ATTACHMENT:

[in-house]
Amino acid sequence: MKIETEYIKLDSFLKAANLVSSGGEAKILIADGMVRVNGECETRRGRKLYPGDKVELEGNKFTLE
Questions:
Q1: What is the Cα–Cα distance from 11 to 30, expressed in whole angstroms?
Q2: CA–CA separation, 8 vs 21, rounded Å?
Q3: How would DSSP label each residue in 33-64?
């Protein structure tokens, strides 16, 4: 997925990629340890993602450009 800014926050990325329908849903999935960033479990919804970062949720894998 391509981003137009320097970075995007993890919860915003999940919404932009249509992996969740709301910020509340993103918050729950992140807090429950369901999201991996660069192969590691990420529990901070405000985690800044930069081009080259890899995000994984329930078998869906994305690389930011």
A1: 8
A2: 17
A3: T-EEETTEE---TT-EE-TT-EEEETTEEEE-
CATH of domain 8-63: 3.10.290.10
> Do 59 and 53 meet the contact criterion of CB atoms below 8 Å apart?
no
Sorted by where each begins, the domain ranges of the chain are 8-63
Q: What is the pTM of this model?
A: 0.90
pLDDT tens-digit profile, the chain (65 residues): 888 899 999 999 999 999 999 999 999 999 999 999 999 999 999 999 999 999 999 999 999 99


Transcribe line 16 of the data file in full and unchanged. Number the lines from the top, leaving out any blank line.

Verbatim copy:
A: 0.90